Please use this identifier to cite or link to this item: http://hdl.handle.net/10497/19184
Title: An investigation of Singapore preschool children’s emerging concepts of floating and sinking
Authors: Teo, Tang Wee
Yan, Yaw Kai
Ong, Woei Ling
Keywords: Emerging conceptions
Float and sink
Children
Play
Issue Date: 2017
Citation: Teo, T. W., & Yan, Y. K., & Ong, M, W. L. (2017). An investigation of Singapore preschool children’s emerging concepts of floating and sinking. Pedagogies: An International Journal, 12(4), 325-339. http://dx.doi.org/10.1080/1554480X.2017.1374186
Abstract: Despite Singapore’s excellent science achievements in international benchmark tests such as the Trends in International Mathematics and Science Study (TIMSS) and Programme for International Student Assessment (PISA), little is known about Singaporean children’s (aged 4-8) emerging science conceptions as formal science schooling begins at Grade 3 (aged 9). This paper builds on the well-established literature on preschool children’s emerging conceptions and play to illuminate children’s ideas about floating and sinking. Using narratives of a 90-minute activity involving a group of Singaporean children aged 6, we surfaced emerging conceptions that an object floats or sinks due to its weight, and that objects sink because water is “soft”—a conception that has not been reported in previous literature.We also observed a shift from binary discourse about floating and sinking to more graded descriptions (e.g. “sink a bit”) as the children played more. The play-based activity provided opportunities for the children’s emerging conceptions to be elicited because it was conceptually-oriented and created opportunities for social interactions. It allowed children who were not proficient in standard English to express their thinking in actions. In sum, this paper illustrates how play-based contexts could be used to identify children’s emerging conceptions. Early childhood educators in Singapore could pay greater attention to what children say and do during play as these offer rich grounds for identifying and developing children’s emerging conceptions.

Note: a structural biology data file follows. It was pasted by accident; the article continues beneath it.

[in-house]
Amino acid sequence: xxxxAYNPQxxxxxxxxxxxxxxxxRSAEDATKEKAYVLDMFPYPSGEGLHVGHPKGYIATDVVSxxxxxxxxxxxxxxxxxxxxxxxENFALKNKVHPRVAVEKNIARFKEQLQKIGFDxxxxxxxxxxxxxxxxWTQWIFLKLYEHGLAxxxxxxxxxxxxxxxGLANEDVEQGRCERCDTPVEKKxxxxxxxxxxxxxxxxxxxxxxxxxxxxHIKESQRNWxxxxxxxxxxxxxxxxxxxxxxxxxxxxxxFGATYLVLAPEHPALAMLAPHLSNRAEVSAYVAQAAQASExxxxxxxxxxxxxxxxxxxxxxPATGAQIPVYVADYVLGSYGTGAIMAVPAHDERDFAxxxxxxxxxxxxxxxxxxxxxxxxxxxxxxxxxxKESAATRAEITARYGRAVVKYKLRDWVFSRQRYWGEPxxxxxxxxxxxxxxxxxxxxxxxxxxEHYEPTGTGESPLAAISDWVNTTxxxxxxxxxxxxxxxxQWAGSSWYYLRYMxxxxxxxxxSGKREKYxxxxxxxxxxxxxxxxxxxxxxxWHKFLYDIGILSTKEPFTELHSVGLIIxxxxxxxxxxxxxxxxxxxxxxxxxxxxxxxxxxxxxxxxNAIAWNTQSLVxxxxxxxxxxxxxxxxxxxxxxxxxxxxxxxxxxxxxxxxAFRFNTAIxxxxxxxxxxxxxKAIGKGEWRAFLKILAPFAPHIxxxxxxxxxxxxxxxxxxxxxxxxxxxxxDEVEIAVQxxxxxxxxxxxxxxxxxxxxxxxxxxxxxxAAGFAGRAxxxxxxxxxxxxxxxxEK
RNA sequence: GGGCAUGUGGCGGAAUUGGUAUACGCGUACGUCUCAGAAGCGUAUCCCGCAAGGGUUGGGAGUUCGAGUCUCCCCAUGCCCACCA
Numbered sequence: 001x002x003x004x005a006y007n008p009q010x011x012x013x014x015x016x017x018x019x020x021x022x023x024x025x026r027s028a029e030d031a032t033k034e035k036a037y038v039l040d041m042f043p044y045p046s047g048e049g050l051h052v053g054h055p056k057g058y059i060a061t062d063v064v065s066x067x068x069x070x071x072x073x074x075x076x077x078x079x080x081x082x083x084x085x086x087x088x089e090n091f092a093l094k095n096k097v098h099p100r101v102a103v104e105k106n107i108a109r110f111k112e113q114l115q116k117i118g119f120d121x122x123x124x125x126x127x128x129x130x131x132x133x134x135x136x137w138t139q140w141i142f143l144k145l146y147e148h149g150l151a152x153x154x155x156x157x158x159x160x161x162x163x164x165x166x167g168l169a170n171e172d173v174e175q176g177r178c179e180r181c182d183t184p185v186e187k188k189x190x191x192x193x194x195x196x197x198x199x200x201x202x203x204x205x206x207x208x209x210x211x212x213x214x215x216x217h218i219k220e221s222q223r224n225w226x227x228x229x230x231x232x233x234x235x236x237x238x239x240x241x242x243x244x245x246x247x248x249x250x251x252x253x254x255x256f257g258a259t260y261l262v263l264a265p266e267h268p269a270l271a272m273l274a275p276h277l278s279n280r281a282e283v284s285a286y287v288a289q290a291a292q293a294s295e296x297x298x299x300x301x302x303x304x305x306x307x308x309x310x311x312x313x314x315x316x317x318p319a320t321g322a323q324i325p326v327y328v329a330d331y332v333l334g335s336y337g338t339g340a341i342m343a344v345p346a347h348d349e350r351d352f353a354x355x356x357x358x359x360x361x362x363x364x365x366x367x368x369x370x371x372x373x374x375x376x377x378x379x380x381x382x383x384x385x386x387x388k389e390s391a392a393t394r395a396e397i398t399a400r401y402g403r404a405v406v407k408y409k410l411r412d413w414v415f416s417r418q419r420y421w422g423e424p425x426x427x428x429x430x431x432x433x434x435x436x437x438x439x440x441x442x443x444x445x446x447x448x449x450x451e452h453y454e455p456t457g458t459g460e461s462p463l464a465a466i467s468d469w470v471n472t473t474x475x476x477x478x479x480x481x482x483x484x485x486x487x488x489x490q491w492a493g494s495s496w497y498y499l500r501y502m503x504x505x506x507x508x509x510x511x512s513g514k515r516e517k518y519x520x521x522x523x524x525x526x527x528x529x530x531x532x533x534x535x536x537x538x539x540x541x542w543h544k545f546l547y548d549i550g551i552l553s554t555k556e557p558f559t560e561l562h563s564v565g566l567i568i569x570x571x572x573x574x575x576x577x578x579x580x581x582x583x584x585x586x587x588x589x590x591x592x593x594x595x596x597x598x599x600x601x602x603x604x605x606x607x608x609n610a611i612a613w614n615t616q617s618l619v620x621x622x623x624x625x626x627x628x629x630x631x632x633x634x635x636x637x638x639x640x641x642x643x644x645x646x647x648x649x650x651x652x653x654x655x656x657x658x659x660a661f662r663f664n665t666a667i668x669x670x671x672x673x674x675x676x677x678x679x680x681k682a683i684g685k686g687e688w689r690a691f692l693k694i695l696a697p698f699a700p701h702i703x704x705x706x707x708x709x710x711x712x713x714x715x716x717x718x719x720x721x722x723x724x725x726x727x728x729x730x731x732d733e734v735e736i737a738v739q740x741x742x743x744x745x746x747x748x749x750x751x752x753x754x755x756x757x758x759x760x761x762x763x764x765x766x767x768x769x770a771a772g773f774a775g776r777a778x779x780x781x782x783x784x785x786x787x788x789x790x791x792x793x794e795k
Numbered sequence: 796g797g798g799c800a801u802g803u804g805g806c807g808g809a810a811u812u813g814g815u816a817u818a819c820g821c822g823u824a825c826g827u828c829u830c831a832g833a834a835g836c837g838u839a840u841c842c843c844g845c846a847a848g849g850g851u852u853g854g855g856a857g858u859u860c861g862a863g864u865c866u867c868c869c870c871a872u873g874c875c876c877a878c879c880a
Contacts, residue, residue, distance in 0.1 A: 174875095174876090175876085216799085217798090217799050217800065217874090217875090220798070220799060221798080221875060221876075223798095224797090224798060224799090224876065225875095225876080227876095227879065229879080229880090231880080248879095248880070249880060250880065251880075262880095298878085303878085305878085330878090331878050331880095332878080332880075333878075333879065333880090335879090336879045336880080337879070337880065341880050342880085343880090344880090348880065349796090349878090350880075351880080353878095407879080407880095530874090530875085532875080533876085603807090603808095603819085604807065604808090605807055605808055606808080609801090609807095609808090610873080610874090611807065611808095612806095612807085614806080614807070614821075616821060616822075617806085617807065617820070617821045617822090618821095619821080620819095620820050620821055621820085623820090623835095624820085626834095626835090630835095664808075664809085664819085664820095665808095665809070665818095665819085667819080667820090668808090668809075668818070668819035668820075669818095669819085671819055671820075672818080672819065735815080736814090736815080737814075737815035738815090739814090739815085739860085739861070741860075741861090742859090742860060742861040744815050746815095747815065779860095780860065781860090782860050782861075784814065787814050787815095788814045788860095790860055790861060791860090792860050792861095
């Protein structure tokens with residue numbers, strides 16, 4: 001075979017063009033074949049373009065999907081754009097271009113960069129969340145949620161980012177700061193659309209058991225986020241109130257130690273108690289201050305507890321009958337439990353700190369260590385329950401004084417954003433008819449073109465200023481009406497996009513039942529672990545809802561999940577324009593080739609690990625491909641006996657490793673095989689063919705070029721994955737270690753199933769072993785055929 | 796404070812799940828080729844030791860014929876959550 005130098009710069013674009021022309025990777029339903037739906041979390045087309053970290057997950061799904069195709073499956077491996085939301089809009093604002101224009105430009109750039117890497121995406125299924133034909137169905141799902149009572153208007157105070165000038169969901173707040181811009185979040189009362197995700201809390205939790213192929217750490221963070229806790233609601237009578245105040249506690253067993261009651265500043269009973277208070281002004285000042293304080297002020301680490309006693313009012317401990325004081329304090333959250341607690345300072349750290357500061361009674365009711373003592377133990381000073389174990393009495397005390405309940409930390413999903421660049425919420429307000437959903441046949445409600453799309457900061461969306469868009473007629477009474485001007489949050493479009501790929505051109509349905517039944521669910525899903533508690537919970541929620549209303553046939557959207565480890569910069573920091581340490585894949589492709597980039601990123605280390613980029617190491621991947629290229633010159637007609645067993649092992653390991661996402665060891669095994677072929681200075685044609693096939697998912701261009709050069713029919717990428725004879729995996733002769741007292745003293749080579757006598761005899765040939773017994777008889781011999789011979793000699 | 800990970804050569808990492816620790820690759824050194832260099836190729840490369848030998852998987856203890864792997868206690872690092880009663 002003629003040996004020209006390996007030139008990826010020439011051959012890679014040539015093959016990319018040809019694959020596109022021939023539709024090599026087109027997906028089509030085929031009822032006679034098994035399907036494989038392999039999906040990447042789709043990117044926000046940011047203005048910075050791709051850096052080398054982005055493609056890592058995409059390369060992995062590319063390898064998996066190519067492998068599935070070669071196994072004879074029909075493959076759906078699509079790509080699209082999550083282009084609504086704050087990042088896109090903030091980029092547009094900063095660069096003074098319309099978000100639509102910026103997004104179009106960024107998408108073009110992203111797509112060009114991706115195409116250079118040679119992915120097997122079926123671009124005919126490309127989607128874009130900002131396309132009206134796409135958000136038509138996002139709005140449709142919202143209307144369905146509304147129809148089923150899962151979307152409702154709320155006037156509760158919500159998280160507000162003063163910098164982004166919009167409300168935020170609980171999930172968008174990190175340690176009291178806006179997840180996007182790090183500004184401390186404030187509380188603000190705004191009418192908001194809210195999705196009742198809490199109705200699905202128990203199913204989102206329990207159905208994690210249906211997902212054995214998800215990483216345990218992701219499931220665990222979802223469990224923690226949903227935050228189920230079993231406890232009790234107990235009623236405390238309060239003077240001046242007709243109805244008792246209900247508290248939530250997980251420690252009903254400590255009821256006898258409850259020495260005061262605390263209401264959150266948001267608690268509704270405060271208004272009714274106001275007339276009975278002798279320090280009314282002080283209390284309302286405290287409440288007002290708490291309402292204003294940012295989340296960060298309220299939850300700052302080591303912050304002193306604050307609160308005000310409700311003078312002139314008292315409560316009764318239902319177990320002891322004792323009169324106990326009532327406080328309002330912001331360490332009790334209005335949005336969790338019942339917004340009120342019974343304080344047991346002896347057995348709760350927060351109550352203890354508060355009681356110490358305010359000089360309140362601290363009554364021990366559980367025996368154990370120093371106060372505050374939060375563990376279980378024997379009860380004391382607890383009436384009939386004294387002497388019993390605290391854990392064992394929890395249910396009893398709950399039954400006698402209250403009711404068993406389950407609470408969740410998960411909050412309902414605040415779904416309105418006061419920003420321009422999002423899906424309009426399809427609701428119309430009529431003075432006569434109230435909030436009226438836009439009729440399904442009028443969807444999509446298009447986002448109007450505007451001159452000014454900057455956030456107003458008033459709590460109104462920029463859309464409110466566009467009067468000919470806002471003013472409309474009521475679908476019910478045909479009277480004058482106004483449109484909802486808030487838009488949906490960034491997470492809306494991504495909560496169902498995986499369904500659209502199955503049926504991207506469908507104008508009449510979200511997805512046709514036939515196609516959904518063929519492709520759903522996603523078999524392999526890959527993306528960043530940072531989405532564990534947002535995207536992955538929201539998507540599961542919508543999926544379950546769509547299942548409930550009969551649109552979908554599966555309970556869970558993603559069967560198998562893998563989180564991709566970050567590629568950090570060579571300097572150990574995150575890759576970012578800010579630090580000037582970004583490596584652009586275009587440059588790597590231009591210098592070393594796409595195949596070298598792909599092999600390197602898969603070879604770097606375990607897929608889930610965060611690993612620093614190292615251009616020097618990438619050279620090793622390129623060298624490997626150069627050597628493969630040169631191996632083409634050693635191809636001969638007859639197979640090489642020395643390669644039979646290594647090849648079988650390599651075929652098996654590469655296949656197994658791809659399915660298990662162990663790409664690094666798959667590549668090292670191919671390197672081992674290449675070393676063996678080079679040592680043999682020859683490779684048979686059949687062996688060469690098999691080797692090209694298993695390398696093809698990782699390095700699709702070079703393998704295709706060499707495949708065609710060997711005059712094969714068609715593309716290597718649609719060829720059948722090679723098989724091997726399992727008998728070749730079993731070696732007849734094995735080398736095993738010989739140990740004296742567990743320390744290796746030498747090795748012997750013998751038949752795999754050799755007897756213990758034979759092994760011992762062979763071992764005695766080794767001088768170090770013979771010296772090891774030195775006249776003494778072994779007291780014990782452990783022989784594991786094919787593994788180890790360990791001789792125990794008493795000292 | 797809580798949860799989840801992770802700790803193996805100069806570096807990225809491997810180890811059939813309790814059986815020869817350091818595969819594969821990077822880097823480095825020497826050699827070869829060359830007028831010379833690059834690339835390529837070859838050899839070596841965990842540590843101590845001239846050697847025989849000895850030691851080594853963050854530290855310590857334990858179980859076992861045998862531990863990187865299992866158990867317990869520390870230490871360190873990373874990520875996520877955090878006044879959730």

Description: This is the final draft, after peer-review, of a manuscript published in Pedagogies: An International Journal. The published version is available online at http://dx.doi.org/10.1080/1554480X.2017.1374186
URI: http://hdl.handle.net/10497/19184
ISSN: 1554-480X (print)
1554-4818 (online)
Appears in Collections:Journal Articles

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